In attendance: the mayor, a senator, a congressman, a governor and a bunch of aldermen.
"You know this is a tremendous success when there are this many people on this side of the microphone versus the other side of the microphone," Chicago Mayor Rahm Emanuel said.
Built in 1969, more than 20,000 public transit riders use the 95th Street rail and bus station each weekday, according to the Chicago Transit Authority. The new station will better accommodate the crowds, and look more like an airport terminal than a CTA train stop.
"And I think it will have a sense of openness and safety that the current terminal struggles to achieve on a daily basis," CTA Chief Infrastructure Officer Chris Bushell said.
PHOTOS: Artist renderings of new 95th Street terminal
Renderings released by the Office of the Mayor show a station enclosed in glass with a bright, open-air concept that triples the square footage by adding more walking space for passengers, an expanded bus terminal and an improved Red Line train platform. There will also be more elevators and escalators, and Chicago artist Theaster Gates will finish the interior after construction.
"It'll be way better. More space. More buses, everything better," Fatima Ramirez, CTA passenger, said.
Modernizing the end-of-the-line 95 th Street Station is a prelude to extending the Red Line train south to 130th. That plan involves running trains in the median of I-57 for a bit, then they'd turn south and run alongside existing Union Pacific track to 130th. That project would cost billions and displace more than 100 homes, but would also add four new station stops to an area traditionally reliant on buses for mass transit.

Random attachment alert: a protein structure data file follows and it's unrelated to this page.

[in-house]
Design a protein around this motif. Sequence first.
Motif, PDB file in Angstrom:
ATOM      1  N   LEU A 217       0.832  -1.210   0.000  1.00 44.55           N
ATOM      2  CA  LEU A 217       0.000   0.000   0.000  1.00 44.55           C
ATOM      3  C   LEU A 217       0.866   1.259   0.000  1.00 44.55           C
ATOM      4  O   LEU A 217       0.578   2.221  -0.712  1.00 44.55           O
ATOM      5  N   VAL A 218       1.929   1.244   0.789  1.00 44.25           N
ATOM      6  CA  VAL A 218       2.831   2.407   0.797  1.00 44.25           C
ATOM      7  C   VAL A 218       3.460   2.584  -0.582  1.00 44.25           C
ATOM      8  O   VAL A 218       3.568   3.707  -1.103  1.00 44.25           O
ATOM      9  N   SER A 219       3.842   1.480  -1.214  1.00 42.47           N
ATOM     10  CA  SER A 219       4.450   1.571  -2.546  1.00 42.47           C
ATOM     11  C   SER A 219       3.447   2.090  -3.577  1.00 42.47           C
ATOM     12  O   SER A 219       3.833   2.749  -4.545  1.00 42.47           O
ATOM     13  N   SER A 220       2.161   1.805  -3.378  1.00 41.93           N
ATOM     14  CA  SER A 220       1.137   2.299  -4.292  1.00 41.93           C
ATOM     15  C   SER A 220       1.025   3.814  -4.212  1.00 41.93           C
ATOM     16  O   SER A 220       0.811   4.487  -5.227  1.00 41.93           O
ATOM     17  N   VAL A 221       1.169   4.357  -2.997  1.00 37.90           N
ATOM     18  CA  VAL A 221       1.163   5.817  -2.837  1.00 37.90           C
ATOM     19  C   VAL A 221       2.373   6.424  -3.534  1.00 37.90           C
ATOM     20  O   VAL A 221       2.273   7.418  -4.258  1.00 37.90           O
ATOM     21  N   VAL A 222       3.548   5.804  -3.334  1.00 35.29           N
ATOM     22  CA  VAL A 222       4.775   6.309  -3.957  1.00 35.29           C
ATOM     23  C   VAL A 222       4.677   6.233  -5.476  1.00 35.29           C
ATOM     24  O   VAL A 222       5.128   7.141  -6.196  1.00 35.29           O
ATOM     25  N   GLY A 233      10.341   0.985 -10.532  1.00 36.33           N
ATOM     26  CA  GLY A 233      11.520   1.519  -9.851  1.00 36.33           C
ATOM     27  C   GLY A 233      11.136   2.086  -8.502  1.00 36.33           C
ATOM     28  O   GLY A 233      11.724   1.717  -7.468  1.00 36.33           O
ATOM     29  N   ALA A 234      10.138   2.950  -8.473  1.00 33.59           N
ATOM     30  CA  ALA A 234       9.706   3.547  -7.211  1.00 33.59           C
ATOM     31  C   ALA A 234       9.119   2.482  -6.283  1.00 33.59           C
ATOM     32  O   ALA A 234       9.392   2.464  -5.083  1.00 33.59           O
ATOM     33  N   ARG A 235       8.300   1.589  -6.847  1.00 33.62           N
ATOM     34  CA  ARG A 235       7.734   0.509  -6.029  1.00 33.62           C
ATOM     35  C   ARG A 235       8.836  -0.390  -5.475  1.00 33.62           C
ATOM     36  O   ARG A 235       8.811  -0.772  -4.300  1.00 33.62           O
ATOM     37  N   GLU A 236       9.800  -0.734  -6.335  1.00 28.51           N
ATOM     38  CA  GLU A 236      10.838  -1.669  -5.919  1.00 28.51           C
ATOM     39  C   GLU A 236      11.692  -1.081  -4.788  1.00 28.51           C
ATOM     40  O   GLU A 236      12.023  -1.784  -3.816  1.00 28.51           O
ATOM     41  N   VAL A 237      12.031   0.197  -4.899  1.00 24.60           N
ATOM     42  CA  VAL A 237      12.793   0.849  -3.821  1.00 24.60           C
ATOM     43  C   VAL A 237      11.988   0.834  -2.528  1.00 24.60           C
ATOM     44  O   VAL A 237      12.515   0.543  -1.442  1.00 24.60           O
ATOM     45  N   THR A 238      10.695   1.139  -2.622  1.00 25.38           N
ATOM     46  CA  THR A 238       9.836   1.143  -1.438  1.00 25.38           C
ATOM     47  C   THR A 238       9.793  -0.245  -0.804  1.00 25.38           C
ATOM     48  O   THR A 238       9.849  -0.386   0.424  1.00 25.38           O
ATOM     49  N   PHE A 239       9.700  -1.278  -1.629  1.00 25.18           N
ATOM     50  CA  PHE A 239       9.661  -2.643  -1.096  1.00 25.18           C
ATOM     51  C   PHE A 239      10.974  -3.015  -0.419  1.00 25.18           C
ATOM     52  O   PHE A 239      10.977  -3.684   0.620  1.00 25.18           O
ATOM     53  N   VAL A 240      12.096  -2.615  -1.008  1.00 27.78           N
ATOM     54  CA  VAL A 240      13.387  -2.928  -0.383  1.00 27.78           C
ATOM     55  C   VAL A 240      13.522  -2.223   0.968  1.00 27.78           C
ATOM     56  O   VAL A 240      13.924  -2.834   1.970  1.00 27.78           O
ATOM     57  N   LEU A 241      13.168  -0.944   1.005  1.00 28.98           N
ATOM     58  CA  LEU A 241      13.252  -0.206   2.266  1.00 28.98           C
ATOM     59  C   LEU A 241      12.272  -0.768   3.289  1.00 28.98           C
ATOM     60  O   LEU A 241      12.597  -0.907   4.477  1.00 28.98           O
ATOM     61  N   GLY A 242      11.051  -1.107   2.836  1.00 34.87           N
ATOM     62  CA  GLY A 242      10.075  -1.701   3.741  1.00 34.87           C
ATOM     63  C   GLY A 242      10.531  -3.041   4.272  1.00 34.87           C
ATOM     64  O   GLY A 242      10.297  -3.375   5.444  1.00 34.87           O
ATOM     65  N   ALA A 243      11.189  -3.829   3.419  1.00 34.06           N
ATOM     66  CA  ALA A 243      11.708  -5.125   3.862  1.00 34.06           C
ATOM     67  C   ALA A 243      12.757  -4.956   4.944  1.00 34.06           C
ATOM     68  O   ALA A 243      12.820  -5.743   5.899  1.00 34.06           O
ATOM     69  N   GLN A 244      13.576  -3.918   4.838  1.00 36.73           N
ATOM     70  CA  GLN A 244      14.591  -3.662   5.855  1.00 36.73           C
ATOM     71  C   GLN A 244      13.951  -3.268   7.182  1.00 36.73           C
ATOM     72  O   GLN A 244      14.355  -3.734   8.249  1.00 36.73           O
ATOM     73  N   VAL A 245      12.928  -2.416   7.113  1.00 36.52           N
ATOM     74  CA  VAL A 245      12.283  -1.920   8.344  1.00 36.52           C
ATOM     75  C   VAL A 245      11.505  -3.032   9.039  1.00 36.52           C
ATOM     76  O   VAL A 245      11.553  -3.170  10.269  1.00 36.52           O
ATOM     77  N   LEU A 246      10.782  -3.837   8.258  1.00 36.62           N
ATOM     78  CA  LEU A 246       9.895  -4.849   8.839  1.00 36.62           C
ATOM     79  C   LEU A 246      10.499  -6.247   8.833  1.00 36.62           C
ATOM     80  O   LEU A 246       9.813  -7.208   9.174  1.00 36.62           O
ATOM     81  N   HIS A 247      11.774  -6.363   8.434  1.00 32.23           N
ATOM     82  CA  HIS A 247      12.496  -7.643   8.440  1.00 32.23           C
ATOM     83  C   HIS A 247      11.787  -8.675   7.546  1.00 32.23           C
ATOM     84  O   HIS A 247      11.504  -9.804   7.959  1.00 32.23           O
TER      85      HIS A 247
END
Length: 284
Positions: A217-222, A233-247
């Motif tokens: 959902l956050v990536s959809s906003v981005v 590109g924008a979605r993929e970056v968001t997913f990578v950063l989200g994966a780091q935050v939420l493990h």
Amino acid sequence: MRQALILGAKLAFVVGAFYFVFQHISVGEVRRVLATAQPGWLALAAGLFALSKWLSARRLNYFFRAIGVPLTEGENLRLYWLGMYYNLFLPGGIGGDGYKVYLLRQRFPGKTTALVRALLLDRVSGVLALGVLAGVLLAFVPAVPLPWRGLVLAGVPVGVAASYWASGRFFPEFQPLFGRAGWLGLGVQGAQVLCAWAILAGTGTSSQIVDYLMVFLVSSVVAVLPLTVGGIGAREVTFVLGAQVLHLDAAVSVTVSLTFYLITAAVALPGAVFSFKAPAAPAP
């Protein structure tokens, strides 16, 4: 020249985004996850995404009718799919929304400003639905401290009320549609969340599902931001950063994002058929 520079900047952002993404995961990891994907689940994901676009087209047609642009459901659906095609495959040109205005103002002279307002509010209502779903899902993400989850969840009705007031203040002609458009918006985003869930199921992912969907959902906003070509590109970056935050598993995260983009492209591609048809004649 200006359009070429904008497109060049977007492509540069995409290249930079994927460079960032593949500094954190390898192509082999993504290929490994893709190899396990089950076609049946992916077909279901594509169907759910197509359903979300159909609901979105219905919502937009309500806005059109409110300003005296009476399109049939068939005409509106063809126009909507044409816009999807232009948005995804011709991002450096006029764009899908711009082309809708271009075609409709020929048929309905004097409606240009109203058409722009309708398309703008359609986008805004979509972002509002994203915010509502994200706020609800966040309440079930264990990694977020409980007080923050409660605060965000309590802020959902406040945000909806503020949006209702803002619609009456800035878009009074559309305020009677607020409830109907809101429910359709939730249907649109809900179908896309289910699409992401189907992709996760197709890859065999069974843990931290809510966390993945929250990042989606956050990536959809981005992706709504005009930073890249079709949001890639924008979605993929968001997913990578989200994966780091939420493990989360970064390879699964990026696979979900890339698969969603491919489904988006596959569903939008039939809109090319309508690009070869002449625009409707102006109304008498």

"There's a great demand for fast, efficient rail services. We want that for every resident of the city," Claypool said.
The extension to 130th is still years and many dollars away, but mass transit money is flowing. Just look at the Red Line rebuild, Blue Line upgrades, and the new 95th station project.
"When there's an election season in Chicago, great things happen," Congressman Bobby Rush (D) Chicago, said.
Emanuel said the project will create more than 700 construction jobs.
The terminal will remain open for the duration of construction, which is expected to be complete in 2016. Details on the project can be found http://www.transitchicago.com/95thTerminal/